About 300 people gathered on Sunday in Chaoyang District to protest a proposed high-speed rail that would connect Beijing and Shenyang. As noted earlier, they demonstated peacefully, holding mass-printed pieces of paper that read, “Support 18th Congress, oppose bureaucracy” (among other slogans). Oiwan Lam of Global Voices adds more information:
The protest was in reaction to a report by the Ministry of Environmental Protection [zh] which claims that 37.27% Beijing residents supported, while 24.01% opposed the planned express train route which cuts across a number of highly dense residential districts in Beijing’s downtown area. Many residents claimed that they had not done any survey and were outraged by the result.
In the video (QQ version after the jump for those in China), one protester says her home is just 50 meters away from the proposed line, and she’s worried the noise will disturb her children and elders. Just after the minute-mark, an old man imitates the sound of trains, which is kind of cute. The people chant, “Express train, route change.” (Maybe not the best translation of “高铁该线,” but it rhymes.)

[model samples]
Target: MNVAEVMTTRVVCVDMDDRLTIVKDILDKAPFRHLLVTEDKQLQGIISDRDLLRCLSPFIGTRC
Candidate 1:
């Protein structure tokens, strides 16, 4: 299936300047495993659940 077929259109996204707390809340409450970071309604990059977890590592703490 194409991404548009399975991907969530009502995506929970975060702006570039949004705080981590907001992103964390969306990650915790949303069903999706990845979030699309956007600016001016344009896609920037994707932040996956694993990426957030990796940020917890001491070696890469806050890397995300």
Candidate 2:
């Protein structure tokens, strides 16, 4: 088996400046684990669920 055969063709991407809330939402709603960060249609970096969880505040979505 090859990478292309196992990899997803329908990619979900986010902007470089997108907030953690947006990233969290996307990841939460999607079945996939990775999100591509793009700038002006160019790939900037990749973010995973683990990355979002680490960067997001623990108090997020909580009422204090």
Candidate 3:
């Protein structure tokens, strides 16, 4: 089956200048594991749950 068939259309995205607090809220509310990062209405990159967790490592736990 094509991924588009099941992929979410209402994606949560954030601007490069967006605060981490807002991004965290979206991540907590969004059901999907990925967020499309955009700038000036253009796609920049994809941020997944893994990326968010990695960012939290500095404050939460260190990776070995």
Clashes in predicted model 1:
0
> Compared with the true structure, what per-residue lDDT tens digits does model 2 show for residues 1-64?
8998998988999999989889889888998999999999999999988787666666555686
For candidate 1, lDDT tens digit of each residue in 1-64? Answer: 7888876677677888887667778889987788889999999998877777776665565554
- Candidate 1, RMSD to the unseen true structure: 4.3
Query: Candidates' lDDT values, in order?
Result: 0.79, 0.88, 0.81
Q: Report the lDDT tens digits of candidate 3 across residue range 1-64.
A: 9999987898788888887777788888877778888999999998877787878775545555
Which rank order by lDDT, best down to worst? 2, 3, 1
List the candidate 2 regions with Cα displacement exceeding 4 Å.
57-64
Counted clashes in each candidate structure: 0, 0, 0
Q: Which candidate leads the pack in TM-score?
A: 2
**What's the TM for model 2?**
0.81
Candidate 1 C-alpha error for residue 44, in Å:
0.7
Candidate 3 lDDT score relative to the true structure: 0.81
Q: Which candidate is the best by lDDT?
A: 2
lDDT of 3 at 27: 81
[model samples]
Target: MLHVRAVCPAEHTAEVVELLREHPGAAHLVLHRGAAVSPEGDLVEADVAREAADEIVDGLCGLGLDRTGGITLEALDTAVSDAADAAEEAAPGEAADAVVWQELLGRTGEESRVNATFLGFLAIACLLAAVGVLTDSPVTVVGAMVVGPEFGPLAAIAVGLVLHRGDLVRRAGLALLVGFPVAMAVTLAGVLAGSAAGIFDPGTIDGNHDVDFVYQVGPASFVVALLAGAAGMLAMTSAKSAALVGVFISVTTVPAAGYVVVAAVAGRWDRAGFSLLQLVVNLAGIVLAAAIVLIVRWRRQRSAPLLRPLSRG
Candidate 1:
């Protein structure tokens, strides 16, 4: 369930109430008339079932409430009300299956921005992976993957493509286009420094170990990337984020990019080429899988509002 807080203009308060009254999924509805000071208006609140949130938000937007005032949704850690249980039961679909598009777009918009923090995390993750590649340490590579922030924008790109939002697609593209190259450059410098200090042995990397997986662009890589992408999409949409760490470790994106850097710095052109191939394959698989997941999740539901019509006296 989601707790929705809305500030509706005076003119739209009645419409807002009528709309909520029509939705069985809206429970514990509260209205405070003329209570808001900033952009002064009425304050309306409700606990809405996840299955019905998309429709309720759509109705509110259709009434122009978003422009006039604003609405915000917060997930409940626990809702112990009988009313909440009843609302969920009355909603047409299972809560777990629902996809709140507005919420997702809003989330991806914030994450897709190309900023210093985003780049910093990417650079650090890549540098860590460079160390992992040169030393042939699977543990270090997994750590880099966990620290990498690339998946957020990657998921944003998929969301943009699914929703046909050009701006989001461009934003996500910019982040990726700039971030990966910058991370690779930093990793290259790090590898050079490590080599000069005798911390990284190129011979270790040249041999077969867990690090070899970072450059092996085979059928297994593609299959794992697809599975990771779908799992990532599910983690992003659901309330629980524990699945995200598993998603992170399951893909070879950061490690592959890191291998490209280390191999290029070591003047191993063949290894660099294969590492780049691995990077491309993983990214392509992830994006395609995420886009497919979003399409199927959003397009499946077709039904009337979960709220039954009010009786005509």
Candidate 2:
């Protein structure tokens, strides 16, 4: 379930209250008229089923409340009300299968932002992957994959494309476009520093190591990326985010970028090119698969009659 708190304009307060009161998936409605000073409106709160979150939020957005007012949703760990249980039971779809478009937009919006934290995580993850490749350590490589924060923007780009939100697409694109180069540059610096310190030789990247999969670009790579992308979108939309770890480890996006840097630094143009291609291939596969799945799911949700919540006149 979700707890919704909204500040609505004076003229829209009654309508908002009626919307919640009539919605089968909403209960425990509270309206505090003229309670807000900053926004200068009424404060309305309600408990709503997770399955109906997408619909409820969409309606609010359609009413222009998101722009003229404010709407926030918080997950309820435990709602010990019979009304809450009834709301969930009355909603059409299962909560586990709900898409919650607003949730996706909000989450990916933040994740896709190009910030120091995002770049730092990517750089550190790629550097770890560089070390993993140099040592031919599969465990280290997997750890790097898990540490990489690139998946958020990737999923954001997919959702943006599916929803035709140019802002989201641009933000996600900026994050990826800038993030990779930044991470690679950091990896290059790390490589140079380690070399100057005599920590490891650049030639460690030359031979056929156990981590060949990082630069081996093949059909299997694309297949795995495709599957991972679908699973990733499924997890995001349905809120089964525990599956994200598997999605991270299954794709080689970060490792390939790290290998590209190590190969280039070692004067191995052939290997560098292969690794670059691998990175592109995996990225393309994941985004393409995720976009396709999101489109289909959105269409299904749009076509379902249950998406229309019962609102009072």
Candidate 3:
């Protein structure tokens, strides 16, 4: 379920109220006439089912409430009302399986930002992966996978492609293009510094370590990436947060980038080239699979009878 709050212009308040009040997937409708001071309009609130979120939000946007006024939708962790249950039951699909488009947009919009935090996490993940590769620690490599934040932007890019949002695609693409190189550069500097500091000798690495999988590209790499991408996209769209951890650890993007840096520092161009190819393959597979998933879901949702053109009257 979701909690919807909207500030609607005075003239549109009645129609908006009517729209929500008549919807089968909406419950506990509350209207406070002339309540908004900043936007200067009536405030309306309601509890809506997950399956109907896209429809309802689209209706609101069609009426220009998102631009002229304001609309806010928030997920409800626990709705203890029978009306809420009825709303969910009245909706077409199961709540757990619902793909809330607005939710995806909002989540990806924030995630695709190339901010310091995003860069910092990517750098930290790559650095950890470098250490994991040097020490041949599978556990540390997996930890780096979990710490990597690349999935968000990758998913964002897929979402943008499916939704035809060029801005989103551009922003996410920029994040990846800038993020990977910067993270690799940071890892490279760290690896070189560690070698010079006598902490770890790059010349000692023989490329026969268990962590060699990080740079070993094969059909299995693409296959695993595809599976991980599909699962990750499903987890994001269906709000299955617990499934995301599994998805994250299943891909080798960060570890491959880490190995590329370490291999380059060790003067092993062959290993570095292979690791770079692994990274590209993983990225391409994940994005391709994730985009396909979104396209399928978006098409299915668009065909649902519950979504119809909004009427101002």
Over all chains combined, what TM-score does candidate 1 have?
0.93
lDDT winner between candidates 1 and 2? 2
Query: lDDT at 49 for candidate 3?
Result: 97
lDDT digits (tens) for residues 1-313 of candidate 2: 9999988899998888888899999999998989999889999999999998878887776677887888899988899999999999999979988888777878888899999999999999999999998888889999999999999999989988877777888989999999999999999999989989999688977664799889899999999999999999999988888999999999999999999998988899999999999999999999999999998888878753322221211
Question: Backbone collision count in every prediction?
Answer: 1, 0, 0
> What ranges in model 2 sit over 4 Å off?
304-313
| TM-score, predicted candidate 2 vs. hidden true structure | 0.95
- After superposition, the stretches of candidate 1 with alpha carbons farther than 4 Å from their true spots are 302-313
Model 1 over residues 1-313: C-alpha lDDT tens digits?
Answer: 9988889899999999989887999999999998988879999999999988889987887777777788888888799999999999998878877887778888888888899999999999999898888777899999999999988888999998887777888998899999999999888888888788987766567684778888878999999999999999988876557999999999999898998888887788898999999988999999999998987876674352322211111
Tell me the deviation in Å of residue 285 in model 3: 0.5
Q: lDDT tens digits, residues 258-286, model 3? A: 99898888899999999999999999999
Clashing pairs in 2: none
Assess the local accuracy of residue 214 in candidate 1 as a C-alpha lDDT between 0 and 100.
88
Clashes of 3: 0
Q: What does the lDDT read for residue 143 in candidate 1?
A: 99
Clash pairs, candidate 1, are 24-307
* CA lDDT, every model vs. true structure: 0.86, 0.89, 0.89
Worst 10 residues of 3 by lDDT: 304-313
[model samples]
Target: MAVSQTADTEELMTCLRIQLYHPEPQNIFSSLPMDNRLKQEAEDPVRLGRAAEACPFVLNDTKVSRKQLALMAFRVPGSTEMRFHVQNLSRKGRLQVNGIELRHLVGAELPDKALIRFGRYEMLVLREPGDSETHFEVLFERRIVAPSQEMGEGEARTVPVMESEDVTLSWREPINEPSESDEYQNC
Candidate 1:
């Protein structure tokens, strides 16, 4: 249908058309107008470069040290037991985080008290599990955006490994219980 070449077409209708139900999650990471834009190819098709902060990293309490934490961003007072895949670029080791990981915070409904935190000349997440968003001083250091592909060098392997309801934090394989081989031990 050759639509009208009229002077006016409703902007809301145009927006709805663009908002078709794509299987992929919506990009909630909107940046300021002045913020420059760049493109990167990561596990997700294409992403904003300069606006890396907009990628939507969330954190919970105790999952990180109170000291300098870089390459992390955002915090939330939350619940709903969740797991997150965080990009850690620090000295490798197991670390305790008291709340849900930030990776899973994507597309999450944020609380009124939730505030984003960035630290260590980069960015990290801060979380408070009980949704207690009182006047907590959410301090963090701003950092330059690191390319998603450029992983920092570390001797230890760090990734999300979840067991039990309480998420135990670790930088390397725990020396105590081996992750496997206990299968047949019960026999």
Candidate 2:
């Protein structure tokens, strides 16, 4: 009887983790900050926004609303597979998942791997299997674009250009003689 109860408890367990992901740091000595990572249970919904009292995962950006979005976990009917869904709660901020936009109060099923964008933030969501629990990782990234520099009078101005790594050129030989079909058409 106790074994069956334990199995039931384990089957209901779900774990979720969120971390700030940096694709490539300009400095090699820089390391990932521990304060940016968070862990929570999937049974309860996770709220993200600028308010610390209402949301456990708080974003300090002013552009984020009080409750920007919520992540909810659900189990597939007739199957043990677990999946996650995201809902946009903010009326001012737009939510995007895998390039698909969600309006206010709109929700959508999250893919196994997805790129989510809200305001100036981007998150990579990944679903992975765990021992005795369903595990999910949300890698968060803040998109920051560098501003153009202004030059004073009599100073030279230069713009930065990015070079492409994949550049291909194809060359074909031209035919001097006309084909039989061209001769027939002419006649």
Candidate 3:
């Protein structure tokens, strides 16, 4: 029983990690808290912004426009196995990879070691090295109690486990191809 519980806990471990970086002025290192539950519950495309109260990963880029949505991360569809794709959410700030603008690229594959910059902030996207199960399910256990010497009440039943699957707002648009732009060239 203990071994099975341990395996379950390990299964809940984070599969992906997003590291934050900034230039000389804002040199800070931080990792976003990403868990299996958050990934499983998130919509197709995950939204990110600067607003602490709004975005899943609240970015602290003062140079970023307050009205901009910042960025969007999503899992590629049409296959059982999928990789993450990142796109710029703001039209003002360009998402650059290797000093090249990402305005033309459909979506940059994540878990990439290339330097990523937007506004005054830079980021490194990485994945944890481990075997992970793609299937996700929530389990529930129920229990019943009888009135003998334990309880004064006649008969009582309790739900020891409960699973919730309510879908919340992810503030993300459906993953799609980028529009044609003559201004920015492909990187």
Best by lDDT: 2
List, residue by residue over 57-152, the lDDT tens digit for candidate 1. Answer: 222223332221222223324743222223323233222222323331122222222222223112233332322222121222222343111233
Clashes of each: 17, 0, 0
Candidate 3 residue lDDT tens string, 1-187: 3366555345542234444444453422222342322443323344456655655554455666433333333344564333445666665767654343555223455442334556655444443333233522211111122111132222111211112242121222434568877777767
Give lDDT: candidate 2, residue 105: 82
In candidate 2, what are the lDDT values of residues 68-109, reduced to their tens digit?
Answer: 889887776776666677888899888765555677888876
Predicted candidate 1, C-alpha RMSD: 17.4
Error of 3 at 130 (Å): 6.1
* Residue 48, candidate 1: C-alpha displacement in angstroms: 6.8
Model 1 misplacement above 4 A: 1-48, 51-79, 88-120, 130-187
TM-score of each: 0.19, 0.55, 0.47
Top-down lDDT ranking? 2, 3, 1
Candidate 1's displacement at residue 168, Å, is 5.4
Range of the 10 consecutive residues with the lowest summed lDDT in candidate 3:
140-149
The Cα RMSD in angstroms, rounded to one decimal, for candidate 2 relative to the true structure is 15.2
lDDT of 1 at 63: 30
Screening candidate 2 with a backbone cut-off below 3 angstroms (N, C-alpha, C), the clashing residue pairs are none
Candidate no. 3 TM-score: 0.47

International media outlets describing the protest all invariably use the word “rare,” implying the event was significant because it was allowed to happen. We’re not sure we’d go that far describing a 300-person gathering — and look, did we all just forget the Diaoyu protests? — but it will be interesting to see whether any changes result. Now that would be news.
The incident also made Chinese TV, by the way.
Great post. Of course they would say it is “rare” because anything else would go against the narrative that China is a total police state.
I think when you deride the assertion that protests are rare in China, you might be forgetting just how common very visible protests are in the United States, especially in the capital.
Feels like I am your comment curmudgeon lately…
They way people were using “rare” shifted the focus from the primary story — trains running through backyards — to the secondary one (caricaturing here): “China is an authoritarian system where protests aren’t allowed, cause China sucks.” Reuters et al. were just trying to provide context, I understand (and justification for running the story), but I think they were after the wrong context. Something I’d be curious to learn: what’s the efficacy of Chinese protests vs. first-world ones? What are the issues that Chinese are more likely to protest? etc.
Keep em coming.